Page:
Inception idea: SME mentoring more efficient than sole training

25 years ago, soon after Hungary entered in the capitalist operating mode, the Budapest Business School (BBS) started to put entrepreneurship education on the top of its priority list soon after the change of the regime. It was clear for the school’s management that the role of the small and medium size enterprises, legitimised by the new political establishment, will be crucial for the new democratic society in terms of the economy, employment and social affairs as well.

The experience gained during that period and from the direct involvment in several in European vocational education and training projects (see hereafter) and, as well the feedback of the entrepreneurs participating in the corresponding training showed an astonishing coincidence with international research pointing out that mentoring increasingly proves to be a more effective mechanism than training (e.g. Gray 2011 in International Journal of HRM).

future tracksIt was also clear that more experienced partners in the field of SMEs were on the western part of Europe so in order to do research, to develop curricula in subjects aiming the development of SMEs good partners were to be sought in the old EU countries. And, of course, beyond the bilateral cooperation, appropriately conceived EU education programmes (Erasmus, Leonardo, etc.) were at hand to ensure incentives for multilateral cooperation in research, education and vocational training.

The major milestones were: An important comparative study of the SME systems of 8 countries in the strand “European materials” of the Leonardo programme was carried out giving an in depth analysis of old and new systems.

On that basis a complete Master level curriculum was developed in the frames of a Virtual campus development project which have been built in BBS’s Master in entrepreneurship programme accredited recently on national level. It was quickly realised that a massive need for entrepreneurship trainings manifested under Master level and with even more vocational focus.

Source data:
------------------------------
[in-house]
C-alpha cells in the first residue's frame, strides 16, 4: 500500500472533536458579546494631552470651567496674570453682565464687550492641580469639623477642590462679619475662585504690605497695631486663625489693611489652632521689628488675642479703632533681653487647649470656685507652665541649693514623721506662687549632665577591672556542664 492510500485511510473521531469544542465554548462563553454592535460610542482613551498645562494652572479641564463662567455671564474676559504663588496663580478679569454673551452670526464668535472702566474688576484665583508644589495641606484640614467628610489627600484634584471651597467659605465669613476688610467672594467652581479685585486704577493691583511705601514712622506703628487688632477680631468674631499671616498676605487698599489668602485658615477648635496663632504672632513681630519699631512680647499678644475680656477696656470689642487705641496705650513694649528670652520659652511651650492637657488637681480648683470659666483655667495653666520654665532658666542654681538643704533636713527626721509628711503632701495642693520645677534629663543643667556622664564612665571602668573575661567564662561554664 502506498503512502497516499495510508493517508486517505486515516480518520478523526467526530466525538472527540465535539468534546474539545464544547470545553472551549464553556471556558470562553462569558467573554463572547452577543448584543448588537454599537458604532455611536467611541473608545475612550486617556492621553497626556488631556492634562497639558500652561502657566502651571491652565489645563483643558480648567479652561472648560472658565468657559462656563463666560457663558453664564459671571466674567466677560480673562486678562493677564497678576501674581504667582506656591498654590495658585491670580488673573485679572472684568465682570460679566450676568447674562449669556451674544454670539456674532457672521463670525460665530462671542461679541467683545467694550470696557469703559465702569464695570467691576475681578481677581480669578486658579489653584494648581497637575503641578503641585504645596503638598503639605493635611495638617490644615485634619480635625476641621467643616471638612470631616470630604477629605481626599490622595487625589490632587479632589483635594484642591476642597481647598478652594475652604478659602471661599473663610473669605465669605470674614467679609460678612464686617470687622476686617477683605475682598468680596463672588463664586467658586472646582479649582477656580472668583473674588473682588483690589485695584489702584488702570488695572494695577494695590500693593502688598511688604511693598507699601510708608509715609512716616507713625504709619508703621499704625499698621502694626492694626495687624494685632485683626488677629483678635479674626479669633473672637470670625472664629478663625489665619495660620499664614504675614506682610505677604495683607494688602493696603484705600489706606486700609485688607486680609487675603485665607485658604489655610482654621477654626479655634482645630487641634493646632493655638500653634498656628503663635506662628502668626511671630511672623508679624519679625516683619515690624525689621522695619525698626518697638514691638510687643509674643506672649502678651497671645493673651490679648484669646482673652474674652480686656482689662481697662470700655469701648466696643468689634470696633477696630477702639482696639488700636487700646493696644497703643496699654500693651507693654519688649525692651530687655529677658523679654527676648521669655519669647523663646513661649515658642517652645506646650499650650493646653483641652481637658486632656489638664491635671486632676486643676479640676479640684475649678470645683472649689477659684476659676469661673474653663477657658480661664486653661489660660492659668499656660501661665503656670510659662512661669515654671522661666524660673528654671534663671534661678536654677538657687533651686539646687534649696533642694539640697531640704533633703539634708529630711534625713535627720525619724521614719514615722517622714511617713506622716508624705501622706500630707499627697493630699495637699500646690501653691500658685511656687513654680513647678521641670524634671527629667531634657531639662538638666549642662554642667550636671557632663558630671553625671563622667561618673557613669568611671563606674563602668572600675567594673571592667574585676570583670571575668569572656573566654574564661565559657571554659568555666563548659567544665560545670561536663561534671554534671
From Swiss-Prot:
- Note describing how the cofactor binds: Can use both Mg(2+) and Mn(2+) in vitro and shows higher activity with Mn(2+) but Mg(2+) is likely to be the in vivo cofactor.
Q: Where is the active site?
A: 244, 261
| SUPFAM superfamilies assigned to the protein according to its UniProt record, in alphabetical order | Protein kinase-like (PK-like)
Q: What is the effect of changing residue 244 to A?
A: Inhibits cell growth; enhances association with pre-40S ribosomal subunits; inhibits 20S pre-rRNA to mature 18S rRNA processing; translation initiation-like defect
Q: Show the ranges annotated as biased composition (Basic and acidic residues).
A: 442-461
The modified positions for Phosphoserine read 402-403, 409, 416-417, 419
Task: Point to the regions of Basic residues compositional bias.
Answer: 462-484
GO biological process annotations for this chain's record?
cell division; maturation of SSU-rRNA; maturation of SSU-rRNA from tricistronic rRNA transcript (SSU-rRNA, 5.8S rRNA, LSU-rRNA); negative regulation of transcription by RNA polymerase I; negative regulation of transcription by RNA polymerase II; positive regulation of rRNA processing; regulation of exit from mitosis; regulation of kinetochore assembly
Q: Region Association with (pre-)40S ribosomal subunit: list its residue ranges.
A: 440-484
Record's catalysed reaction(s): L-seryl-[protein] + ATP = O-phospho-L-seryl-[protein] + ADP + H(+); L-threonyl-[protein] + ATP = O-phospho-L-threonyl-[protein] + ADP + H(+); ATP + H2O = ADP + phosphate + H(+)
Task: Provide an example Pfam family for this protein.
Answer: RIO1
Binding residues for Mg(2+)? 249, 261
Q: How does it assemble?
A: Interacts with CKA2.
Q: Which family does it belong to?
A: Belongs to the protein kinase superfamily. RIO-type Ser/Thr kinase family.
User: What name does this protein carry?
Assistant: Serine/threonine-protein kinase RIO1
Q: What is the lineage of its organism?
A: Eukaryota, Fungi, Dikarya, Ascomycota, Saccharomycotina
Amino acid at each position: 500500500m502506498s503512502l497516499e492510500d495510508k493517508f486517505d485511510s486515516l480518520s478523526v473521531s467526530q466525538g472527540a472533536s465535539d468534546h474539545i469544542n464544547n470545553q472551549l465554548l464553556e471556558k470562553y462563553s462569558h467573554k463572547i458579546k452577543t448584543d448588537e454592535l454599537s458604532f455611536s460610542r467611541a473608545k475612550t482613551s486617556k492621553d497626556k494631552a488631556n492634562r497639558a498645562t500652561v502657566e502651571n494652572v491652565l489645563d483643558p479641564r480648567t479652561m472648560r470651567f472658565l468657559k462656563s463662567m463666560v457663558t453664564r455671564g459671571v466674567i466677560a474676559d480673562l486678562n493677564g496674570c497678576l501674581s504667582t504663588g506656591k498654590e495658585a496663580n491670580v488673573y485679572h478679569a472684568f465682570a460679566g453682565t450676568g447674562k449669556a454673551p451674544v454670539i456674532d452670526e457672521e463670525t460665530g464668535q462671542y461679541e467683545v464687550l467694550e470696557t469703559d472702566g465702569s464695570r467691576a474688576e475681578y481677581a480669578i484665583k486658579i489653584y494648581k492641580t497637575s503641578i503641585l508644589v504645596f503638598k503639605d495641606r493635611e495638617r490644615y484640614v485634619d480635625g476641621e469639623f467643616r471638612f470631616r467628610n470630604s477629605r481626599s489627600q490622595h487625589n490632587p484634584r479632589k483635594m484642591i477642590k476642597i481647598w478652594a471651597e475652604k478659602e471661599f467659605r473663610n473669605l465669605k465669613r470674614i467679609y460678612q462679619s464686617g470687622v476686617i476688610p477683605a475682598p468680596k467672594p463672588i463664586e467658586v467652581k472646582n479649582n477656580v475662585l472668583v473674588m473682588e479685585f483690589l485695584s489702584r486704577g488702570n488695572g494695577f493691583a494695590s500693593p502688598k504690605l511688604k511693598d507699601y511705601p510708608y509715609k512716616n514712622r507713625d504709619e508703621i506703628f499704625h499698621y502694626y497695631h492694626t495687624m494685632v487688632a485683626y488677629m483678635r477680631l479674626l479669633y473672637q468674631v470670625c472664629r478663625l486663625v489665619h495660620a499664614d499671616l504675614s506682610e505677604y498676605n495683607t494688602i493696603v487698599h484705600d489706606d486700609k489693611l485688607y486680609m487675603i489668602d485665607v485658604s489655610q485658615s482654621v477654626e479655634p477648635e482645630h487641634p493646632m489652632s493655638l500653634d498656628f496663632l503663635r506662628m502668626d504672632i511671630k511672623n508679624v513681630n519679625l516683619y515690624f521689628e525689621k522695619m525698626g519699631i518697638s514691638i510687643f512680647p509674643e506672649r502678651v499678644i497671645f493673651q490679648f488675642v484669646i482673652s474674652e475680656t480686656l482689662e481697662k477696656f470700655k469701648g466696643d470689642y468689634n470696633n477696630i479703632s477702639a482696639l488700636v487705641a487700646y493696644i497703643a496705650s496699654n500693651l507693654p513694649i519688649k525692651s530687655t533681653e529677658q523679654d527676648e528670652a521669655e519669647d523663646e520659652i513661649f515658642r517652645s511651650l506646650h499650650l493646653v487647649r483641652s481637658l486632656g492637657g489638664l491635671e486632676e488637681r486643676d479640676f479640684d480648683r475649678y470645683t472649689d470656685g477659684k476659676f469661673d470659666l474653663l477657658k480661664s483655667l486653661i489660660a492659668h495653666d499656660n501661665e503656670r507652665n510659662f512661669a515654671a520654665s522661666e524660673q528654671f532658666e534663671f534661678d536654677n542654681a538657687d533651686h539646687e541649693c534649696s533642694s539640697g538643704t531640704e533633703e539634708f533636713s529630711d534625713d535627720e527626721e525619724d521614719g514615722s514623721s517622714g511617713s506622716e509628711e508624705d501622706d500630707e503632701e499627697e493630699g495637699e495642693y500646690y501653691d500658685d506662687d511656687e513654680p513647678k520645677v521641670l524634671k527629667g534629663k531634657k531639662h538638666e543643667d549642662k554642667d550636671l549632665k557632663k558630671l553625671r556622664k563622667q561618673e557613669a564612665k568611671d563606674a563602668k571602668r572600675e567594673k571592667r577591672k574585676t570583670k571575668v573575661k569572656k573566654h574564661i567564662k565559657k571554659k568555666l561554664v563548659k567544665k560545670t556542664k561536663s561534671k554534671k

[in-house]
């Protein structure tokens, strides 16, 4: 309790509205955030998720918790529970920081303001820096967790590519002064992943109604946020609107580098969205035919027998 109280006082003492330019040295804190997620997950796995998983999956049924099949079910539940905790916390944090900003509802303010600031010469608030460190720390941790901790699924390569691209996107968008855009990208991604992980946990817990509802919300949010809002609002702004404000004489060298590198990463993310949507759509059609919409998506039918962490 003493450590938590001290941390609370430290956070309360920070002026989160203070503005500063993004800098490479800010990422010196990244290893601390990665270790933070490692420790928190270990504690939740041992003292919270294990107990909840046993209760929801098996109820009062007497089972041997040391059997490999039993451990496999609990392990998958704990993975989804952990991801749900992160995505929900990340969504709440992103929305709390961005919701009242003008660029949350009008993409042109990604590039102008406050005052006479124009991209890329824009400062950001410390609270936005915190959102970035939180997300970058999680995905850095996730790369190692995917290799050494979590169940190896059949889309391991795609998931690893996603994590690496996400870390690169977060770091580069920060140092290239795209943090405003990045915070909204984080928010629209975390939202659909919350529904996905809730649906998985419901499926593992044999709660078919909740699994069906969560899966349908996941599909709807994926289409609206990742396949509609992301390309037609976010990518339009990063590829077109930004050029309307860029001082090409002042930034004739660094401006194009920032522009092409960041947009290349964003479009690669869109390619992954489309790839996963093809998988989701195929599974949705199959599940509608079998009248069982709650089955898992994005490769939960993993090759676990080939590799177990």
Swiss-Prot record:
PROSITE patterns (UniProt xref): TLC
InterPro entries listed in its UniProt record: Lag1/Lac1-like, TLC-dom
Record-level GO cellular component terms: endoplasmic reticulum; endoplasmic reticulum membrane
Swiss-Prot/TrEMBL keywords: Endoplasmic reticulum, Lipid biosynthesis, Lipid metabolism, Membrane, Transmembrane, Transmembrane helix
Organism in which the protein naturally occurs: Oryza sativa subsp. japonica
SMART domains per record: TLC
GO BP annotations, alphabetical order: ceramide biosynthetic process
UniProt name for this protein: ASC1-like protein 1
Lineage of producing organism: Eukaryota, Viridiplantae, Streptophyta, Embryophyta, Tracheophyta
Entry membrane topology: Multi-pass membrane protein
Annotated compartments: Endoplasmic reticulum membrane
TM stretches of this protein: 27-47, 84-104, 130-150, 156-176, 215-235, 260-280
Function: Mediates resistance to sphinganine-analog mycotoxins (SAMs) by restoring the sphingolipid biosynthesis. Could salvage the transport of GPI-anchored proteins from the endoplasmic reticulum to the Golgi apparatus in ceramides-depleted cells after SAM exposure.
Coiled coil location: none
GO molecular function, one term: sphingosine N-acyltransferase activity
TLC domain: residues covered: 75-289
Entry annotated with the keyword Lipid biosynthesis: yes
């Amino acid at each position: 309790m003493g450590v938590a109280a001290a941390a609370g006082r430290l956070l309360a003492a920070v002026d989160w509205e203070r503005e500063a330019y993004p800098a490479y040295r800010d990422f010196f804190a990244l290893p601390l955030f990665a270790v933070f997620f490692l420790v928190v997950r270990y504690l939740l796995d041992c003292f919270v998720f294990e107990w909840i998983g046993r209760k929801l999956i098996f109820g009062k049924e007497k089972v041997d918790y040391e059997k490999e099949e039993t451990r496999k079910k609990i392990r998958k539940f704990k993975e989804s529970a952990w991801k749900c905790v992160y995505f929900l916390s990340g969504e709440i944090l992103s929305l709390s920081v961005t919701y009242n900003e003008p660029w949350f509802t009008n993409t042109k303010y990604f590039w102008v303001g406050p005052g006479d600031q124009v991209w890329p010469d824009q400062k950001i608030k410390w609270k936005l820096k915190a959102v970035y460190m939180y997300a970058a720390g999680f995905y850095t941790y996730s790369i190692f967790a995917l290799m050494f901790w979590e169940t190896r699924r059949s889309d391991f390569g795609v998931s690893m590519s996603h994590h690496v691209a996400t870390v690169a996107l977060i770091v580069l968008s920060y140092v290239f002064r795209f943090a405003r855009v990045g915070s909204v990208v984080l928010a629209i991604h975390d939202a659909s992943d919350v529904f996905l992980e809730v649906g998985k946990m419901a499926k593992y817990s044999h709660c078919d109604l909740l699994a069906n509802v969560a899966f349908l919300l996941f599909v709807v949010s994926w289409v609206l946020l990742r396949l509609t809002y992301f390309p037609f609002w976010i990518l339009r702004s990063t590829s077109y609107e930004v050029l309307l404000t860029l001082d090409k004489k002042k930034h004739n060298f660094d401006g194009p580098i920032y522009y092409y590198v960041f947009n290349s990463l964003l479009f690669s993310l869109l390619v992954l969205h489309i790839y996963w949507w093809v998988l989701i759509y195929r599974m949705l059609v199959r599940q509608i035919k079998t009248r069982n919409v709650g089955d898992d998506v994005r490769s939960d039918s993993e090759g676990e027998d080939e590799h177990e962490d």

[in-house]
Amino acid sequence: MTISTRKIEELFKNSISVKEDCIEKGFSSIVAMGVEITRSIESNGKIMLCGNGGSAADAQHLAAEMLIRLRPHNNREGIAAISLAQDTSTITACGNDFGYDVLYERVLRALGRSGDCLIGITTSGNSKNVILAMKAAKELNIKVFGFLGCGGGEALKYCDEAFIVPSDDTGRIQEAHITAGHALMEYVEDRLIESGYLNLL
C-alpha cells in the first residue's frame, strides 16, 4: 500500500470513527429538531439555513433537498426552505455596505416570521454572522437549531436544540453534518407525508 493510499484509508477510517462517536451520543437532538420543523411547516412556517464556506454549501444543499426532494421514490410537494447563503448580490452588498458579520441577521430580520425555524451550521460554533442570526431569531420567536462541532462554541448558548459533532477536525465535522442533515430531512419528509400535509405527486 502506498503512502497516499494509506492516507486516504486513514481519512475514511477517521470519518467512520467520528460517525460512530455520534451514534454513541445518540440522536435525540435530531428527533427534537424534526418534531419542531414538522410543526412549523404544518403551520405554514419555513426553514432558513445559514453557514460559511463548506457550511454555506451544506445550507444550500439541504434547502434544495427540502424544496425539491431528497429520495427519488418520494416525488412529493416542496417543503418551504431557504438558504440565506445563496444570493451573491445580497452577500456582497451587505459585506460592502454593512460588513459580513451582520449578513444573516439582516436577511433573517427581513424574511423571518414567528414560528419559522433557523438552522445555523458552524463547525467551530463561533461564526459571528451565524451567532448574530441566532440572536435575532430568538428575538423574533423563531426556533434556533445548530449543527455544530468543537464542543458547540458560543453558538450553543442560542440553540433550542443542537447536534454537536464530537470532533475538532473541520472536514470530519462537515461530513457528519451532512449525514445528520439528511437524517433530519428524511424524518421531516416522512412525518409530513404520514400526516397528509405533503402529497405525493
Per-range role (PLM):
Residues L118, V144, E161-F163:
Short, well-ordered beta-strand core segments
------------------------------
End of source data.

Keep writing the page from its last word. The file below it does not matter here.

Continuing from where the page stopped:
This led BBS to a series of projects, Leonardo and Erasmus+, which have developed or are about developing training materials for SMEs addressing their lack of awareness of new management tools and their capacity and capability for process improvement to enable them to compete on local, domestic and later on global markets.

  • Such developments were aimed at the improvement of human environment of SMEs (ADAPTYKES) or at the generational change process improvement (INSIST).
  • Another project (ENELFA) helped develop 30 on-line modules in the field of entrepreneurship for adults giving the possibility to compose different non degree e-learning courses tailored to the needs of specific clusters of SMEs and facilitating the on-line work of the teaching staff of the partner institutions.

These projects proved to be successful and followed the main trends of international development thanks to the well balanced and selected partnerships.
However, the experience gained from the trainings and the feed-back of the participant entrepreneurs showed an astonishing coincidence with international research pointing out that mentoring increasingly proves to be a more effective mechanism than training (e.g. Gray 2011 in International Journal of HRM).

This point was the genesis of this project:

  • the partners realised that a new approach is needed to create easier access to SMEs that is to apply a two-step programme:
    • train mentors for SMEs (target group No1)
    • and then let them, with their new mentoring competencies and skills, offer their services to the SMEs (target group No2). The academic training aspect for the SMEs disappears and the professional support’s transfer will be realised in a more personal and convivial environment.
  • The project “TRUST ME” will develop a sophisticated curriculum for mentors and start the development of networks of mentors with the long term objective to create national networks covering regions, countries and whole European regions.
  • The partners’ competences are complementary which justifies the transnational character of the project.
  • One key outcome of the project will be a guide on how SME support centres can be established in VET institutions – on the basis of the experiences accumulated by the partners during the long date cooperation, and how this establishment should be replicated in VET institutions in partner countries and in other EU states. The ambitious goal is to give guidelines how VET institutions can improve the relevance of their education to the labour market and enhance their overarching contribution to the competitiveness of SMEs.